OBJECTIVE: Bleeding from esophagogastric varices is a major complication of portal hypertension. Despite recent practice guidelines for the management of bleeding esophageal or gastric varices, the widespread application of these measures by gastroenterologists has not been evaluated. The purpose of this study was to continue the concept of membership-based research within diverse practice settings by expanding the American College of Gastroenterology (ACG) GI Bleeding Registry to assess the management and outcome of acute variceal bleeding. METHODS: All ACG members (domestic and foreign) were invited to participate during the 1997 Annual Fall meeting and by mail. Data were collected over 12 months. Information obtained included physician training, practice demographics, patient demographics, disease etiology and severity, clinical presentation, medications, transfusion needs, therapy, complications, and rebleeding within 2 wk. RESULTS: A total of 93 physicians/centers (79.6% domestic, 26.9% university and affiliated, 3.2% Veterans Affairs) participated. Complete demographic data were available for 725 of the 741 patients enrolled with index bleeding. The median age of these 725 patients was 52 yr and 73.3% were male. The most common single etiology for portal hypertension was cirrhosis (94.3%). The most common causes of cirrhosis were alcohol (56.7%), hepatitis C virus (30.3%), and hepatitis B virus (10.0%). Hemodynamic instability was noted in 60.7% of the patients (22.3% tachycardic, 9.7% orthostatic, 28.7% hypotensive). Index interventions included banding (40.8%; median five bands), sclerotherapy (36.3%), combination banding/sclerotherapy (6.2%), octreotide (52.6%; median 3 days), balloon tamponade (5.5%), transjugular intrahepatic portosystemic shunt (TIPS) (6.6%), liver transplantation (1.1%), surgical shunt (0.7%), and embolization (0.1%). Transfusion of packed red blood cells, fresh frozen plasma, and platelets was given in 83.4%, 44.7%, and 24.6% of the patients with index bleeding, respectively. Median transfusion was four units of packed red blood cells, three units of fresh frozen plasma, and 1.5 units of platelets. Rebleeding occurred in 92 of the 741 patients (12.6%) at a median of 7 days (mean 11 days) and was treated by banding (18.5%; median six bands), sclerotherapy (30.4%), octreotide (63%; median 2 days), balloon tamponade (17.4%), TIPS (15.2%), and surgical shunt (3.3%). Complications from the index bleeding and rebleeding within 2 wk included ulceration (2.6%, 2.2%), aspiration (2.4%, 3.3%), medication side effects (0.8%, 0%), dysphagia (2.3%, 0%), odynophagia (2.2%,0%), encephalopathy (13%,17.4%), and hepatorenal syndrome (2.4%, 2.2%), respectively. After the index bleeding, 46.2% of patients were treated with β-blockers and 8.2% with nitrates. The majority of patients with index bleeding had Child's B cirrhosis (61.5%). Patients presenting with recurrent bleeding had mostly Child's B (46.7%) or Child's C cirrhosis (44.6%). The overall short-term mortality after index bleeding was 12.9%. CONCLUSIONS: Acute variceal hemorrhage occurs more often in patients with Child's B and C cirrhosis. Endoscopic banding is the most common single endoscopic intervention. Adjunctive pharmacotherapy is prevalent acutely and after stabilization. Both morbidity and mortality may be lower than reported in previous studies.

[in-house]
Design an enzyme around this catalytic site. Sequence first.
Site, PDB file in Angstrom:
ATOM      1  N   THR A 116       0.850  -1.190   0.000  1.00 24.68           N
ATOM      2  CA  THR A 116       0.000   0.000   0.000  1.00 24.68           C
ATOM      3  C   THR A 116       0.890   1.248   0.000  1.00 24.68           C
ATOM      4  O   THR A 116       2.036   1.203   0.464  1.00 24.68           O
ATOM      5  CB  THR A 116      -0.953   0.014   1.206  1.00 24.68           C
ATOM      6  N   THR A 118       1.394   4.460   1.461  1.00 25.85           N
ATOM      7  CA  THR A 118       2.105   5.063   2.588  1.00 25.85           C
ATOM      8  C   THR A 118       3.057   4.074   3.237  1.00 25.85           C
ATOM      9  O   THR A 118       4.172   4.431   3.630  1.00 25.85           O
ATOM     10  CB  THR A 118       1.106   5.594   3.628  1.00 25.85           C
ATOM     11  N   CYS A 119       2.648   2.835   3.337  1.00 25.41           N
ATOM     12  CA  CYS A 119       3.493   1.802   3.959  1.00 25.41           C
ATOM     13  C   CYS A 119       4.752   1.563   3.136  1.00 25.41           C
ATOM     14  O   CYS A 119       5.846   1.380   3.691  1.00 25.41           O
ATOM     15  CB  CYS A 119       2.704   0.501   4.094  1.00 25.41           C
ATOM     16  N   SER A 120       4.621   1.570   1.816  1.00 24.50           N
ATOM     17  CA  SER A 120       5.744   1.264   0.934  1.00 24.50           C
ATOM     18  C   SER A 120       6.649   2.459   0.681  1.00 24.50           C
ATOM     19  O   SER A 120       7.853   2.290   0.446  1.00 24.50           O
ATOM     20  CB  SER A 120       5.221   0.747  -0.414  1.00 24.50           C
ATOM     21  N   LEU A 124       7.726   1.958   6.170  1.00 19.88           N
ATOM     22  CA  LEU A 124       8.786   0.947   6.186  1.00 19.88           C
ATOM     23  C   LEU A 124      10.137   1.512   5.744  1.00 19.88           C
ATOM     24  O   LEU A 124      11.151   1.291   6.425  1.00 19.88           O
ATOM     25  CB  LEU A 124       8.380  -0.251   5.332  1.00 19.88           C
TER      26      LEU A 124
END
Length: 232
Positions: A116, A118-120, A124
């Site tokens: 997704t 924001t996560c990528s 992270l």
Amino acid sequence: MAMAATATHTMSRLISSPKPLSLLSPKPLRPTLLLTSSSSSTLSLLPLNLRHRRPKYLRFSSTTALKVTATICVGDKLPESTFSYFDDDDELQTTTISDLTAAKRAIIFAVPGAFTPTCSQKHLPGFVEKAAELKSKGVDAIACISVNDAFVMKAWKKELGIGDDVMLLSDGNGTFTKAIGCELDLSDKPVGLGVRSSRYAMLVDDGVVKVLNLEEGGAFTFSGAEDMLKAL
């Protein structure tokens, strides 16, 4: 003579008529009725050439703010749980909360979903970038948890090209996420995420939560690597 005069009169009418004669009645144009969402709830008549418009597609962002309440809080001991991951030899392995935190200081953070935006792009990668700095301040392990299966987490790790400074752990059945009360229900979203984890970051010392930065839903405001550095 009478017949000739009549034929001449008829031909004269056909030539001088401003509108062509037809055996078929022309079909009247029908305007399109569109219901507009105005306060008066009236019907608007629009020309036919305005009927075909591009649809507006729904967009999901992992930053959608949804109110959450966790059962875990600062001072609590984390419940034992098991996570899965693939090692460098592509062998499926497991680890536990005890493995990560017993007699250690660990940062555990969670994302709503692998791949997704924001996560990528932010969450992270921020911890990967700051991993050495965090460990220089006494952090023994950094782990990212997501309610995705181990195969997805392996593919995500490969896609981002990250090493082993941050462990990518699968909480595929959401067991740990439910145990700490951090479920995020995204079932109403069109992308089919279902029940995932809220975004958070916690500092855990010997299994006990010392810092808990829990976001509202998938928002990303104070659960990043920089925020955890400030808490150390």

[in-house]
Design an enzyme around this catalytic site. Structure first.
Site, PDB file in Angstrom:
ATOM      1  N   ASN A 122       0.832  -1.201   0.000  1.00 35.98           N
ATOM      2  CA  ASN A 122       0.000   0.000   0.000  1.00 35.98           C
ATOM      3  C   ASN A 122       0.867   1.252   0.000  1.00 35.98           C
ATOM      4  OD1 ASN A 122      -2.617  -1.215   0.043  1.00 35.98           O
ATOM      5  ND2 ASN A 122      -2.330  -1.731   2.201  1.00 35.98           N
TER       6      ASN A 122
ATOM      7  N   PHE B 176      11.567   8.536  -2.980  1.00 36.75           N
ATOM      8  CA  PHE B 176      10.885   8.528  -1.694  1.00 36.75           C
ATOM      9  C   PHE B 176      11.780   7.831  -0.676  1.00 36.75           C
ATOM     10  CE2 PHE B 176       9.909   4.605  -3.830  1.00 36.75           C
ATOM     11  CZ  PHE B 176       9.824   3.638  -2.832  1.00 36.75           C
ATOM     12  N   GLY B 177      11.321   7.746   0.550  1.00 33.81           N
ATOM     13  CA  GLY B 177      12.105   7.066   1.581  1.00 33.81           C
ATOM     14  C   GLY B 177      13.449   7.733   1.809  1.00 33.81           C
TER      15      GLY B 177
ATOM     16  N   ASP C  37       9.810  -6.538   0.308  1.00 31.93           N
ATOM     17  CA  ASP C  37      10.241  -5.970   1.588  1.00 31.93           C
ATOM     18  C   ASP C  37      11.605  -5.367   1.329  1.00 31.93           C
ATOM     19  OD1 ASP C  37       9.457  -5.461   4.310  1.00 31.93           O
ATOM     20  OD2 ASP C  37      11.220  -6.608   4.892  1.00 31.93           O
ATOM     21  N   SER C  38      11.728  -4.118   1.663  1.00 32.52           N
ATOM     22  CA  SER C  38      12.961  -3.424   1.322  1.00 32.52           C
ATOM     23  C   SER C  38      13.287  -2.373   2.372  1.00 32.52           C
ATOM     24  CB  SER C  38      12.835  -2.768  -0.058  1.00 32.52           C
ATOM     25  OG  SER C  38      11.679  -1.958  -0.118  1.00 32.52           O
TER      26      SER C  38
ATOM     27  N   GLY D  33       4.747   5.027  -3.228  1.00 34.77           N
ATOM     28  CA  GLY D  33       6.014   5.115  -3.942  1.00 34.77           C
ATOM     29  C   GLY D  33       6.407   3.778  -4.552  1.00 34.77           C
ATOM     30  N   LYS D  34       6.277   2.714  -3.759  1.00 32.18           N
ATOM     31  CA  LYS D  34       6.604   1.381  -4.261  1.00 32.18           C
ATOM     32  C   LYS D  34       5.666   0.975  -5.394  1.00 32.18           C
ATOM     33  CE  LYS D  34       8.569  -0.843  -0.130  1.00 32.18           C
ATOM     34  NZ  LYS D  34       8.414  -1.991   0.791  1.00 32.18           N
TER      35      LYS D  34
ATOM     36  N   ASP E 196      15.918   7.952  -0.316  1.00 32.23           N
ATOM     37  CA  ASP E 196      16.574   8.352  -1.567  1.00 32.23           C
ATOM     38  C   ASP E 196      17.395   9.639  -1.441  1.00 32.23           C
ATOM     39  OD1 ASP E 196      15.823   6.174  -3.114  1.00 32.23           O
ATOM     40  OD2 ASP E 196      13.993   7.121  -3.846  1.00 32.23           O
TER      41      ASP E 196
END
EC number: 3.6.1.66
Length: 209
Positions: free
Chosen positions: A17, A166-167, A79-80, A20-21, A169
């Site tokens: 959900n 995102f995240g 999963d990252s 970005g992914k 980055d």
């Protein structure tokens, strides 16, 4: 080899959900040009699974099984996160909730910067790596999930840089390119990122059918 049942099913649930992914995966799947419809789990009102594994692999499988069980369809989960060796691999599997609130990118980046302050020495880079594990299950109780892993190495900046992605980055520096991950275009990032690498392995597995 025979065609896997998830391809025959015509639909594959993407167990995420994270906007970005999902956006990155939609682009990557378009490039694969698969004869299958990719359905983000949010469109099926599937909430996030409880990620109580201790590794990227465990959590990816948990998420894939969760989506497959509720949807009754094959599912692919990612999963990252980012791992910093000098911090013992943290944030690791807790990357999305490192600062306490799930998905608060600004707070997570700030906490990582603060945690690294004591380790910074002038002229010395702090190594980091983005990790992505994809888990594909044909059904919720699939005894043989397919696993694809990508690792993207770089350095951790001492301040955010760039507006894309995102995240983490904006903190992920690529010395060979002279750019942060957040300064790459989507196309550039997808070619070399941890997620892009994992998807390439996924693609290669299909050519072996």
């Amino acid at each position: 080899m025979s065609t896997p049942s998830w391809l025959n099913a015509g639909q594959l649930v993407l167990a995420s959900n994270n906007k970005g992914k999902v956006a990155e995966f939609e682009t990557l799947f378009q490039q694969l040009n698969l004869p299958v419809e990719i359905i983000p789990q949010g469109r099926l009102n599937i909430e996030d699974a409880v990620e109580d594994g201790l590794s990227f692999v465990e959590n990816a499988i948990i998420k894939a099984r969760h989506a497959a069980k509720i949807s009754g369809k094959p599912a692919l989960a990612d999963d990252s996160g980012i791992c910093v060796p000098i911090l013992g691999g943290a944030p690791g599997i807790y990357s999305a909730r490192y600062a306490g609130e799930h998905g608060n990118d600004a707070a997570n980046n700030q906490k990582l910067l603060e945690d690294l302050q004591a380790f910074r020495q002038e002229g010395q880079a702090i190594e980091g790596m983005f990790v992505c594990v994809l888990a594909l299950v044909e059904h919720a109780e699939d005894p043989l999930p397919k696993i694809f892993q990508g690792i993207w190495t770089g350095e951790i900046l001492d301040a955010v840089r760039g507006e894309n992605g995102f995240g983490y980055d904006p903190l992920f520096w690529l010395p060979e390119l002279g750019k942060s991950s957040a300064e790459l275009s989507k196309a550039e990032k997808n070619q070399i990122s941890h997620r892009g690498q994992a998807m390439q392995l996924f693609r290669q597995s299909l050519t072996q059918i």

|Original language||English (US)|
|Number of pages||11|
|Journal||American Journal of Gastroenterology|
|State||Published - Nov 2003|
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